After playing the recently released Cozy Grove, and loving it, jumping into a farming sim seemed fitting. I was enjoying the high that relaxed video games can bring. There’s something so satisfying about getting comfy on your couch and knowing for the next hour or so, you needn’t worry about a thing. Deiland: Pocket Planet Edition promises a time of laid-back gaming and simplistic serenity. Unfortunately, it may have gone a little too far in its promises, as while Deiland: Pocket Planet Editionis good, it lacks the depth needed to make it great.
“Everything is essentially a simplified version of mechanics seen in other games.”
Deiland: Pocket Planet Edition has a simple premise. You awaken one day on a small planet and are tasked with maintaining it. There are plots of land to farm, rocks to mine, monsters to fend off and a house to upgrade. On occasion, visitors will pass on by and offer you quests to complete, but really that’s about it. What is available in Deiland: Pocket Planet Edition is basic but nevertheless fun.
Everything is essentially a simplified version of mechanics seen in other games. Take, for example, farming. You are given three plots of land, which are all upgradeable. Each one, in the beginning, can hold one seed. You plant it and wait until it blossoms a few days later. Once it does, you harvest it and repeat the process. There’s not all that much you can do with each crop. Most of them are attributable to one recipe. Wheat is good for making bread; cotton can make thread; sunflower can make oil. It’s simple but a fun loop regardless. There’s something ultimately soothing about repeating the same process over and over again. At least, it’s soothing when it lacks any form of complexity.
Unfortunately, the same can’t be said for mining. While it is a monotonous process, as is the majority of the game, it takes an inordinate amount of time to garner any form of lucrative minerals or ores from it. After having mined upwards of 900 stone, I managed to gain 30 iron ore. It’s an ultimately grindy mechanic that forces you to mine for hours just to gain enough materials to upgrade one thing. And I feel like this is where Deiland: Pocket Planet Edition gets you.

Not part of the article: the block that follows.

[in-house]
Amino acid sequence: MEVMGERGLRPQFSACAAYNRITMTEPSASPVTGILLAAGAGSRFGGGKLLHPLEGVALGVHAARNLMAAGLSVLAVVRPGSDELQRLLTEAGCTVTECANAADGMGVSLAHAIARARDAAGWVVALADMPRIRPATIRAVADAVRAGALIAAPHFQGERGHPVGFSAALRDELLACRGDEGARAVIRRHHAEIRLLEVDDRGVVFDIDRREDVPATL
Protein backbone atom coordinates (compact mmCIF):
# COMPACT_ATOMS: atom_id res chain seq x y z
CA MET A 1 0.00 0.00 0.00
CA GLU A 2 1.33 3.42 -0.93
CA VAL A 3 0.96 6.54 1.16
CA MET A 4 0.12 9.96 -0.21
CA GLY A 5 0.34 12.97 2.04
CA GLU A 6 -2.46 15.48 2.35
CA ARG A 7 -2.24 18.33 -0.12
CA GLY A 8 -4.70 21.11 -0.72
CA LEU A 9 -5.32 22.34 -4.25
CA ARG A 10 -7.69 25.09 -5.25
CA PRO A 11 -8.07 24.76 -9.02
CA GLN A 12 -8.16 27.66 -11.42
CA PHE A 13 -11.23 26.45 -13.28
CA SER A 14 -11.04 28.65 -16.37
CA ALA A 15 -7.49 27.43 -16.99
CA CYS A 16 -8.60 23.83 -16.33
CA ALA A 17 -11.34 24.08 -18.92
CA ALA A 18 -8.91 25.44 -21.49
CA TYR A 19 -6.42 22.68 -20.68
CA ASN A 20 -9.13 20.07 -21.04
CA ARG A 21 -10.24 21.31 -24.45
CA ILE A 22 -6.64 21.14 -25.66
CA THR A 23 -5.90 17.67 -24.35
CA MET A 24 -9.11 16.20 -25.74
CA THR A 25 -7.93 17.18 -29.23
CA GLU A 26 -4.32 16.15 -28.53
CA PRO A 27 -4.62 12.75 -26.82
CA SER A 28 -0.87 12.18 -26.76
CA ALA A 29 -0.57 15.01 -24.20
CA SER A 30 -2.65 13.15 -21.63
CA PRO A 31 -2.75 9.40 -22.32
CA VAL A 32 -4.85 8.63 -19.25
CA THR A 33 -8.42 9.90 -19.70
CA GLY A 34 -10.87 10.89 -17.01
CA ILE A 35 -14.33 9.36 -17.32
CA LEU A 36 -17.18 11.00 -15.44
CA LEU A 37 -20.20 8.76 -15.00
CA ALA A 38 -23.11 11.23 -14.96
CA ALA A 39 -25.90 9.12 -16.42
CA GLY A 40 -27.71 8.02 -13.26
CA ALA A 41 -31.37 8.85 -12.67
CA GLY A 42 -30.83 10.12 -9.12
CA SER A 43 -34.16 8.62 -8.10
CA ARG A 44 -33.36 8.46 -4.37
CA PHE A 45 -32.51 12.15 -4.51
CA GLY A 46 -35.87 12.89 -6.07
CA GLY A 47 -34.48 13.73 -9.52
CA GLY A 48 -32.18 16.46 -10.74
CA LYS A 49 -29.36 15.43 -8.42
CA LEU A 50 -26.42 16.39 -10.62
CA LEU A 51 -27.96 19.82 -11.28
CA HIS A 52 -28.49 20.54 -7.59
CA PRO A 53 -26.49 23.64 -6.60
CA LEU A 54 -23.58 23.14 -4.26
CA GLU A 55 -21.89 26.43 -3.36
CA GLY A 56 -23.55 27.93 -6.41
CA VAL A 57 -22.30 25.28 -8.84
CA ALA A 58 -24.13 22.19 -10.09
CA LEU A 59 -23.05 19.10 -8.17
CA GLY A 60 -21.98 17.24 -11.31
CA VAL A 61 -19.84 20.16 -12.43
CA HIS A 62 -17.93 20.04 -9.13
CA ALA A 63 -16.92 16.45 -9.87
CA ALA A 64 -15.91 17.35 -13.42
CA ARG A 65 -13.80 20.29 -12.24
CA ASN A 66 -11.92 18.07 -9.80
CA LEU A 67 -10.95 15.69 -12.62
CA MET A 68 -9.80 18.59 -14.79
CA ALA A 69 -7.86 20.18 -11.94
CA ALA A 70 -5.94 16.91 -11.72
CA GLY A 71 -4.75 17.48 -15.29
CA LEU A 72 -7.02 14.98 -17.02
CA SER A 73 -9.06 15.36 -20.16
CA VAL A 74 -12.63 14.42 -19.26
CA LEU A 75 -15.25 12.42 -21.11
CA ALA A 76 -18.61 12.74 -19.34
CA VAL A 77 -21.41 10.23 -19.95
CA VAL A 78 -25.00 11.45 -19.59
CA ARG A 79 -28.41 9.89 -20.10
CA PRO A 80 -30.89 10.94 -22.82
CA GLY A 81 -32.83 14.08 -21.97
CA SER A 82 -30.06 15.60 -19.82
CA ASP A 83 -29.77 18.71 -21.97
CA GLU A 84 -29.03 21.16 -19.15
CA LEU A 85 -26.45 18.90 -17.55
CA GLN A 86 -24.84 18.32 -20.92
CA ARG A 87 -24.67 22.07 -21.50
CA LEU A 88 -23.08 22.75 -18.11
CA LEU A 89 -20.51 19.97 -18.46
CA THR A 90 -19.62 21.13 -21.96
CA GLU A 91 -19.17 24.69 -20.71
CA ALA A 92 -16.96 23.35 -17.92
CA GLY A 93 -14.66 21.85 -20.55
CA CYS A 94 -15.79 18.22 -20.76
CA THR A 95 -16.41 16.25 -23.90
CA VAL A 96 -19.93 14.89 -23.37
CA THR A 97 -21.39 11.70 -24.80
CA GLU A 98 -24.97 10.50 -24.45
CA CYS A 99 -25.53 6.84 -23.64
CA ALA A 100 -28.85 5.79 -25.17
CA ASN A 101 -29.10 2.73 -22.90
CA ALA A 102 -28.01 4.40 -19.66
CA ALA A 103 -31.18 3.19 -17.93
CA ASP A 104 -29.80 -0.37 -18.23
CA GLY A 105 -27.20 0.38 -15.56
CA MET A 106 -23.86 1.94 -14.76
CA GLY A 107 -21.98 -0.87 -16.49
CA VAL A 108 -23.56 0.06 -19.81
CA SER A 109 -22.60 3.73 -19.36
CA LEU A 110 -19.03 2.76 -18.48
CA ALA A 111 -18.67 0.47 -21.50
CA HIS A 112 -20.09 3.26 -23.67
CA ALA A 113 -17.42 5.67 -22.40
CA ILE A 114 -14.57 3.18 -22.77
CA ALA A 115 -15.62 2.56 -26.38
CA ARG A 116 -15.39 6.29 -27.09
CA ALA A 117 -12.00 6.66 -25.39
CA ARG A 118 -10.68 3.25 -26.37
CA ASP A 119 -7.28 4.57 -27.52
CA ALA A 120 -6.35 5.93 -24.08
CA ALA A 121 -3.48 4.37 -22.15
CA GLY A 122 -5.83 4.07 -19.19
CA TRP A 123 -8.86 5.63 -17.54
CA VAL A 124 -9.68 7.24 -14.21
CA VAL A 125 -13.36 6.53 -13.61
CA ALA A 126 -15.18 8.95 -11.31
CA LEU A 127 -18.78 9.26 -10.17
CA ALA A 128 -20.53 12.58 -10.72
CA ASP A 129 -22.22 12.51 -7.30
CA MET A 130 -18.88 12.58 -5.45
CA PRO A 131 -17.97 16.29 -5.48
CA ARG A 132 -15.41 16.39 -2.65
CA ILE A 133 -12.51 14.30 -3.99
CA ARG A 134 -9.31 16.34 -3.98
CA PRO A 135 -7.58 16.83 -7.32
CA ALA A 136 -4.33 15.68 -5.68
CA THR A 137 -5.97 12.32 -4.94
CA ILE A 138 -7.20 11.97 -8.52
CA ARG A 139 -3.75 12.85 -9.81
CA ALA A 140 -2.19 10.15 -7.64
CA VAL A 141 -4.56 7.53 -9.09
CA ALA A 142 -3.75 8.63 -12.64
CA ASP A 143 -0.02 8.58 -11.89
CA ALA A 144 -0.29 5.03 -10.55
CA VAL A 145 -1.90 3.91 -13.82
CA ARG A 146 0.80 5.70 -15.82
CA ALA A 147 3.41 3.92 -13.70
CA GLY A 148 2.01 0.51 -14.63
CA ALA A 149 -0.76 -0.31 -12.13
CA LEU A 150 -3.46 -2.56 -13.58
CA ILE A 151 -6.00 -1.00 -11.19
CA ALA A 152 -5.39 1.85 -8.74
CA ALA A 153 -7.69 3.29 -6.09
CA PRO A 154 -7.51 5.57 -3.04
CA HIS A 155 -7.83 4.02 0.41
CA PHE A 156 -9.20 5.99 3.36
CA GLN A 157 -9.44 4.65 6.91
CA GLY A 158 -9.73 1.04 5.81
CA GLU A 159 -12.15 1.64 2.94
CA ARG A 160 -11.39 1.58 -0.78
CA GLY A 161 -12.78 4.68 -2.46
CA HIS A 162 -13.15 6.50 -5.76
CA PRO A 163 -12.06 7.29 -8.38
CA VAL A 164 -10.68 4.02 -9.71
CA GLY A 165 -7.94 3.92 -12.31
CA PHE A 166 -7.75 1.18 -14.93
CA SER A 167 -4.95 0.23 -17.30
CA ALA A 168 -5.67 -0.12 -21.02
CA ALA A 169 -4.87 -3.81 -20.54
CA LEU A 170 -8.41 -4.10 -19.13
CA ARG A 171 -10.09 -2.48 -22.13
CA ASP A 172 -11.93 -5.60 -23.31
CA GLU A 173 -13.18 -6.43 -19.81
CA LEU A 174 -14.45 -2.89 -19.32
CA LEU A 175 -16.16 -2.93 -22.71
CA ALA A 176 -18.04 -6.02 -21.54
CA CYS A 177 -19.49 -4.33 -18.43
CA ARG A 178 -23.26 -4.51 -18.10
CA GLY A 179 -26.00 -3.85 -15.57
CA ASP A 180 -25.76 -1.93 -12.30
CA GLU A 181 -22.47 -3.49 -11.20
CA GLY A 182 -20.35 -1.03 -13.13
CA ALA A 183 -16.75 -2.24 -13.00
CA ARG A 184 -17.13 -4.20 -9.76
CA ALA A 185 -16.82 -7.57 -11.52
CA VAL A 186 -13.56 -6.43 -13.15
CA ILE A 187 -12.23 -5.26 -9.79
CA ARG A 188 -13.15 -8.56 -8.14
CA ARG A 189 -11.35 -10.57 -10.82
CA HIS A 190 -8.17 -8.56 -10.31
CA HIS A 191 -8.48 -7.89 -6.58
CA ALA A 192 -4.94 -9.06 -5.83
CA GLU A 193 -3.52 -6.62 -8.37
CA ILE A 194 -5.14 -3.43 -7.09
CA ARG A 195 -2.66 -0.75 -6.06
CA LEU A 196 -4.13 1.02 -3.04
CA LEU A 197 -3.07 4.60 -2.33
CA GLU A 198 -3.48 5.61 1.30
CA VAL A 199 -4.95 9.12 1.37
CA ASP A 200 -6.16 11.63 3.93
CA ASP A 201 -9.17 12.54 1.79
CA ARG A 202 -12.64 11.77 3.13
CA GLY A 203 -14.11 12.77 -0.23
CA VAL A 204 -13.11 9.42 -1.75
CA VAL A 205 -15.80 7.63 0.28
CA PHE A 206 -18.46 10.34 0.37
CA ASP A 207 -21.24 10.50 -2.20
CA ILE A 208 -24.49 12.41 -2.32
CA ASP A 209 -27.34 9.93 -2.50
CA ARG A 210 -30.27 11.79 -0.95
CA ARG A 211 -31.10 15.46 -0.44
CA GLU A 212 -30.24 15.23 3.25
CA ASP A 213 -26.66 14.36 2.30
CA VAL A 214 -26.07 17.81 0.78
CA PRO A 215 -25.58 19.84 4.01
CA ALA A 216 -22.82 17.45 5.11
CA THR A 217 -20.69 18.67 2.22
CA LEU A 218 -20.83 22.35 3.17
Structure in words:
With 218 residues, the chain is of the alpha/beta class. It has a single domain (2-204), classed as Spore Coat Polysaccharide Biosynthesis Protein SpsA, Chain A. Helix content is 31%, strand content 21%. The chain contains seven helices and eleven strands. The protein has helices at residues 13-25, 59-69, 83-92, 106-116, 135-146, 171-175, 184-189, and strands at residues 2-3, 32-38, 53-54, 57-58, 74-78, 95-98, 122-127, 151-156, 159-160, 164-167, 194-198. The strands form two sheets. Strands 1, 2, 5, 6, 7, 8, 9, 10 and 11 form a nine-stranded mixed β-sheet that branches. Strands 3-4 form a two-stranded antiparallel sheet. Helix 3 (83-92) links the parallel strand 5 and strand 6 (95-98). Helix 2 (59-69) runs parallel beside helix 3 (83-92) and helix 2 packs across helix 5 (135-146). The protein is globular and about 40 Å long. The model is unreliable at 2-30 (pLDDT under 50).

“Unfortunately, Deiland: Pocket Planet Edition is a little pricey for what you get.”
For me, Deiland: Pocket Planet Edition is the most fun when you give into its loop. While mining 900 stone just to get 30 iron ore seems frustrating, its utter lack of complexity makes it a mostly painless process. Witling down your energy metre mining away at stone, sleeping and then repeating the process isn’t boring so much as it’s relaxing. Deiland: Pocket Planet Edition succeeds in its relaxing atmosphere.
The visuals are stunning at best and colourfully cartoony at worst. Its music is upbeat and cheerful. Its levelling up system is simply a decision between two different stat boosts. Everything has been dumbed down, but it makes for an easy pick-up-and-play video game. Essentially, the perfect Nintendo Switch game.
Deiland: Pocket Planet Edition may not be the most comprehensive of games, but its charm, style and relaxed atmosphere were enough for me to get a significant amount of enjoyment from it. It is certainly no contender to Stardew Valley or My Time In Portia, but it is uniquely charming enough to warrant its own space in the farming sim alumni. Unfortunately, Deiland: Pocket Planet Edition is a little pricey for what you get. It is $19.99/$30.00 AUD/€16,99/£17.99. I feel like for a markedly lower price, Deiland: Pocket Planet Edition may be worth your money. But as it stands, it’s a little too high to recommend right now.
*Disclaimer: Reviewed on Switch. The publisher provided the code.
Deiland: Pocket Planet Edition Review
Deiland: Pocket Planet Edition is a sweet albeit simple game. There's a lot to love here, from the gorgeous graphics to the melodic soundtrack that congeals to create a soothing atmosphere. Unfortunately, the majority of Deiland: Pocket Planet Edition's gameplay involves grinding for resources and upgrading whatever you can. While this never gets boring, it reveals Deiland: Pocket Planet Edition to be a simple game with little depth. If you're looking for a chilled game to relax to, this is definitely that. However, if you're looking for a deep farming sim, you may want to look elsewhere.